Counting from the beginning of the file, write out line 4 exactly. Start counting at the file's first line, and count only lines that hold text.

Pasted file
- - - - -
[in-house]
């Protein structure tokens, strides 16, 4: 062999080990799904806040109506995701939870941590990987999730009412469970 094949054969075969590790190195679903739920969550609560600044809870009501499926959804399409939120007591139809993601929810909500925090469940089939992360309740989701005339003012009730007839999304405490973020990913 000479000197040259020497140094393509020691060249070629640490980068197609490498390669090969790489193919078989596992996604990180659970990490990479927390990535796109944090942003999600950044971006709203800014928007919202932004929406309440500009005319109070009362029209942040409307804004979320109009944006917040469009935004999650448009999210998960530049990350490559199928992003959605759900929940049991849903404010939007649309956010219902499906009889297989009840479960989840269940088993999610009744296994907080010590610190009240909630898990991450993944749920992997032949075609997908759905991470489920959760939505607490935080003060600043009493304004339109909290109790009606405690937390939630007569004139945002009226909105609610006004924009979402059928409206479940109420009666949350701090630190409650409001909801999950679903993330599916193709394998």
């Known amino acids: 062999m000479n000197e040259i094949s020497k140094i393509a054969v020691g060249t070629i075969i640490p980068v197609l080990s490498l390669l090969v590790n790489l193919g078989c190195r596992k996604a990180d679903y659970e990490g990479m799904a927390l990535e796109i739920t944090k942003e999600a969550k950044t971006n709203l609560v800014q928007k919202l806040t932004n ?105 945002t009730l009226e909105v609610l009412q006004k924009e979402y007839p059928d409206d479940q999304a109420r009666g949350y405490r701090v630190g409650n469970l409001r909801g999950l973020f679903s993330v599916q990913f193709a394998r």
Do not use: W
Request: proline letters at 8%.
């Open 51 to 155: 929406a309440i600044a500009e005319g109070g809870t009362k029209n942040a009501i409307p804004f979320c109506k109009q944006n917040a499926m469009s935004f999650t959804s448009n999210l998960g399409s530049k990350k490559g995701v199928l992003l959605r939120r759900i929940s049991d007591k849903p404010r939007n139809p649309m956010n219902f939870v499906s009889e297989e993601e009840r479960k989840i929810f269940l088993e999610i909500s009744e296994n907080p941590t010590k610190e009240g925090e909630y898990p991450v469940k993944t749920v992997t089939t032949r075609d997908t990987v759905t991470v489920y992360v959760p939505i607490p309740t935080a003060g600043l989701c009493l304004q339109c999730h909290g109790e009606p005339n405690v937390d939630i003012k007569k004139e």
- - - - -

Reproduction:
Do not use: W